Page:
"Gase's offense looked more creative than those in years' past. Darnold crisper. Practice opened with a trick play. Darnold threw that touchdown to [Robby] Anderson, and nearly another of the same distance to running back Ty Montgomery. He fired a laser to [Jamison] Crowder on a slant. He ducked a sack to deliver a ball to [Quincy] Enunwa past the outstretched arms of a defender."
Based on Hughes' account of practice, Darnold looks comfortable in the pocket. The new offensive system also allows for improvisation, which fits his style. Dating back to USC, he moved well after the snap and often turned a broken play into a completion or a first down on the ground.
Gase and the coaching staff must curtail some of the freelancing to cut down on poor decisions in crucial moments. Darnold threw 15 interceptions last year, and he has to limit erratic throws downfield.
For now, it's encouraging to see the 21-year-old show an increased sharpness with a new play-caller.
Oakland Raiders: WR Tyrell Williams
Contrary to popular belief, it isn't all about Antonio Brown at wide receiver in Oakland.
In March, Raiders also signed Tyrell Williams, who was considered one of the top wideouts on the free-agent market. The 6'4", 205-pounder came down with 155 catches for 2,530 yards and 17 touchdowns through four seasons with the Chargers.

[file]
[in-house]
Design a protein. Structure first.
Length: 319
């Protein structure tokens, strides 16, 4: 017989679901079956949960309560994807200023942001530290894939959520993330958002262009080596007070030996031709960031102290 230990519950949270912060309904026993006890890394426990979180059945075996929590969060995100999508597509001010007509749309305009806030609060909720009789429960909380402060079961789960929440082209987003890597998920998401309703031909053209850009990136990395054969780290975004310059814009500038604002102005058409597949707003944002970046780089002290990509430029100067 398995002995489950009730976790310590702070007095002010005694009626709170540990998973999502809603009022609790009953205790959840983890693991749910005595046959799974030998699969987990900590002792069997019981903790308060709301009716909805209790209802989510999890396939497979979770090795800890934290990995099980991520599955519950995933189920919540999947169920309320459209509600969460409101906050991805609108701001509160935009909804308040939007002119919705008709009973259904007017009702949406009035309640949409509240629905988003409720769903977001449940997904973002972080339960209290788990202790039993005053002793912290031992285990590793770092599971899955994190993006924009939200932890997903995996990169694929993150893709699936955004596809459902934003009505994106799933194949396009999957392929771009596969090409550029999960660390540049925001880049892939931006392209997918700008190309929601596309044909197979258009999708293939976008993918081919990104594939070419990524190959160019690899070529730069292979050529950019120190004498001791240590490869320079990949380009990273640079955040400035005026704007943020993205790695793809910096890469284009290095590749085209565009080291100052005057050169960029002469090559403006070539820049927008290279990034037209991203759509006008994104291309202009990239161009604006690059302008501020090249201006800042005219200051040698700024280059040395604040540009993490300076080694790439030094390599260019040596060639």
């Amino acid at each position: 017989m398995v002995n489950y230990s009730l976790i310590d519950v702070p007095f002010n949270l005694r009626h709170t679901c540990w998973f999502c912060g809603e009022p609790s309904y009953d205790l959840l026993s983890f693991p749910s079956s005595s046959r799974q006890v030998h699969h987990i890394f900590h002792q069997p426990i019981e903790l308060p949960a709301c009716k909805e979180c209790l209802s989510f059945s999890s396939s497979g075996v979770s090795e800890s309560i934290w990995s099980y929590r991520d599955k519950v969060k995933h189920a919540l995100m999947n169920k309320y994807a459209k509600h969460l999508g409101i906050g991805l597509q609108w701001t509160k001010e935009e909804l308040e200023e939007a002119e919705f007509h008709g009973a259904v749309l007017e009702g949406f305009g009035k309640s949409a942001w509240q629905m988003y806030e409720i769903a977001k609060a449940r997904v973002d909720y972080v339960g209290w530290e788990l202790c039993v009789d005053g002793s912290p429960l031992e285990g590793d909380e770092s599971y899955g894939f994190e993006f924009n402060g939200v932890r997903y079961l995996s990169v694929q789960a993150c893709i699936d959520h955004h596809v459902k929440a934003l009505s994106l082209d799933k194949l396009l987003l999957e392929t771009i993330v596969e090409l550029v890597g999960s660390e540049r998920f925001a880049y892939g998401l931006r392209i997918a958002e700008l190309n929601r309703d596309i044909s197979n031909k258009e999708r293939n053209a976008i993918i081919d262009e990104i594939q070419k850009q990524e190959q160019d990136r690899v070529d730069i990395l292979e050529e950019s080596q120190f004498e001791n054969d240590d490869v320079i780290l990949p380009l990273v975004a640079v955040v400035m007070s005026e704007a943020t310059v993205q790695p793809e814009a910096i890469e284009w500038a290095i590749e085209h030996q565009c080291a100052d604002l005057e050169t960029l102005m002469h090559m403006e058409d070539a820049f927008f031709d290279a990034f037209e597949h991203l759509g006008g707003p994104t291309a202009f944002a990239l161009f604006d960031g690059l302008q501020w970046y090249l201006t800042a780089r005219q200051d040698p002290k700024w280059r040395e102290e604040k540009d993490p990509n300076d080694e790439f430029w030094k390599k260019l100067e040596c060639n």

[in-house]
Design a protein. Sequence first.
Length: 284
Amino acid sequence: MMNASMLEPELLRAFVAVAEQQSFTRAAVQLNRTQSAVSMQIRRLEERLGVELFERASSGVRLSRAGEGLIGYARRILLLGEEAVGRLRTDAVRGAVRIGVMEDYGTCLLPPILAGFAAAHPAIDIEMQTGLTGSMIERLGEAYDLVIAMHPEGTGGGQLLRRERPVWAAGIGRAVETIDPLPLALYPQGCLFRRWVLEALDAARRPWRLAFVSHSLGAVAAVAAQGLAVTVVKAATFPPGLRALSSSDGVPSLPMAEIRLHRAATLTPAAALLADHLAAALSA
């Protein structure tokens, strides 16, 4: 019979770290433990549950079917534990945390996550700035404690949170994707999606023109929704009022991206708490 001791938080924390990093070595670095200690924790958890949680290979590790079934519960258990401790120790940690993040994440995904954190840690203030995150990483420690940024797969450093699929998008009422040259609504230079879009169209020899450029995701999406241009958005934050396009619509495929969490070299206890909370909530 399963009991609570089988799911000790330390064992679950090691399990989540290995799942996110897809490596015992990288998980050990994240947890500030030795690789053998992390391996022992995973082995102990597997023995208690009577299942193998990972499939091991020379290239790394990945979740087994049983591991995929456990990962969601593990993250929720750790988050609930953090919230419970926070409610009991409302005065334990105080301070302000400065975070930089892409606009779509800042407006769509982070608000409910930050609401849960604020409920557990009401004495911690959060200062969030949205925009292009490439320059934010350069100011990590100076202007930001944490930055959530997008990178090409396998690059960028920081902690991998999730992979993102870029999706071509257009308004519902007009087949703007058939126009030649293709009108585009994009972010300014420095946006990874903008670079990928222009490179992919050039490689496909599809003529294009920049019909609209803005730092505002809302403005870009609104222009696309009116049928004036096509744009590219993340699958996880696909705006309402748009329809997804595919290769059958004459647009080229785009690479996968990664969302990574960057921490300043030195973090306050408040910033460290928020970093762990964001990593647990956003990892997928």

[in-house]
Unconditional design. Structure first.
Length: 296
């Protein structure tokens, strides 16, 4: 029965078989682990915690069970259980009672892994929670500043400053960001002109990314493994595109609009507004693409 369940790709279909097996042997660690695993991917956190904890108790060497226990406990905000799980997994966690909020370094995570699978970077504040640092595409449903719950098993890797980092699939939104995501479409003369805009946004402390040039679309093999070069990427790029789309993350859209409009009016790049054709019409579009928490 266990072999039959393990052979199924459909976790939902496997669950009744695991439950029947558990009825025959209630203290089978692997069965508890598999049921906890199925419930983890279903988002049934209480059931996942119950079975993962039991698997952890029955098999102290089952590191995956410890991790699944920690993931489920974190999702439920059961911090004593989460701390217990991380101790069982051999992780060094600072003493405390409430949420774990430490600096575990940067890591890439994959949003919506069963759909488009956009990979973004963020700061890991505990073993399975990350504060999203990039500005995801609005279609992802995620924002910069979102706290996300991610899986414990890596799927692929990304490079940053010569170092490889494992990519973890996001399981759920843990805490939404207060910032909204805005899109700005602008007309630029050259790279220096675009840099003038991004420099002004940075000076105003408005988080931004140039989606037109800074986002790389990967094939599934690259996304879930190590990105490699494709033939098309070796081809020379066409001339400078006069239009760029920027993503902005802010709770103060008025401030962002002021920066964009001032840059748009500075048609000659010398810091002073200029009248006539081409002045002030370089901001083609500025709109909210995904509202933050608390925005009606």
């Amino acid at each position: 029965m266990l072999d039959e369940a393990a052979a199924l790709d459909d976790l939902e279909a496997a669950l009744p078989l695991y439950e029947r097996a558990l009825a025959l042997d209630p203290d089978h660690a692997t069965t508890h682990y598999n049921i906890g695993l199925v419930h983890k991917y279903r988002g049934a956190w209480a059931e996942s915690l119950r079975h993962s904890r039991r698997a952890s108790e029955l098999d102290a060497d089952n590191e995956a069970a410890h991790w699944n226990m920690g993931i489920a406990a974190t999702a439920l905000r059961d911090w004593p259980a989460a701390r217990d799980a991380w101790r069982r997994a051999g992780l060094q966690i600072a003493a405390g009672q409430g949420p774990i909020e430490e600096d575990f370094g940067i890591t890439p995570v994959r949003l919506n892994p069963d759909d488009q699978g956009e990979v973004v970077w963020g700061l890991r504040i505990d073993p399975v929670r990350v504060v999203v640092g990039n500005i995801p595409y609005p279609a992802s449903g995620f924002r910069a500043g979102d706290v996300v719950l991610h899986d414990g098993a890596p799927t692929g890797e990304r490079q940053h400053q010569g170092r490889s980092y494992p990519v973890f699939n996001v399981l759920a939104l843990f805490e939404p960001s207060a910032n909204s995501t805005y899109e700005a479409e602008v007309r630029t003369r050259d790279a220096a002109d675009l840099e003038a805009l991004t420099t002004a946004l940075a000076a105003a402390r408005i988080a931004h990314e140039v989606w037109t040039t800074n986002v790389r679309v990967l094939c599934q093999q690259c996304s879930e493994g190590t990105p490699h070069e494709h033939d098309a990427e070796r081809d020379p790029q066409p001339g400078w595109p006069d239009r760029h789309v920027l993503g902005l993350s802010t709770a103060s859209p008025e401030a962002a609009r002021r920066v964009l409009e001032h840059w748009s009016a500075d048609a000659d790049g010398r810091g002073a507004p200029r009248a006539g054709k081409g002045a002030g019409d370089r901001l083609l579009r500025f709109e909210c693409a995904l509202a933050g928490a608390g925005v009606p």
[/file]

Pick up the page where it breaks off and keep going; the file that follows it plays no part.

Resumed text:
"That was a good route you ran the other day on my guy," O'Neil told Williams, per NBC Sports Bay Area's Scott Bair. "You sold the 'jet,' he took his eyes off you and he started hauling ass across field."
"It's kind of nice having something like that, but he can run these routes and set people up," Raiders quarterback Derek Carr said during a media conference in reference to Williams. "He's a technician also. He's just not a big, raw body."
Brown isn't the only complete wide receiver on the roster. When he draws double-teams downfield, Williams could eat up yards underneath or challenge defenders vertically.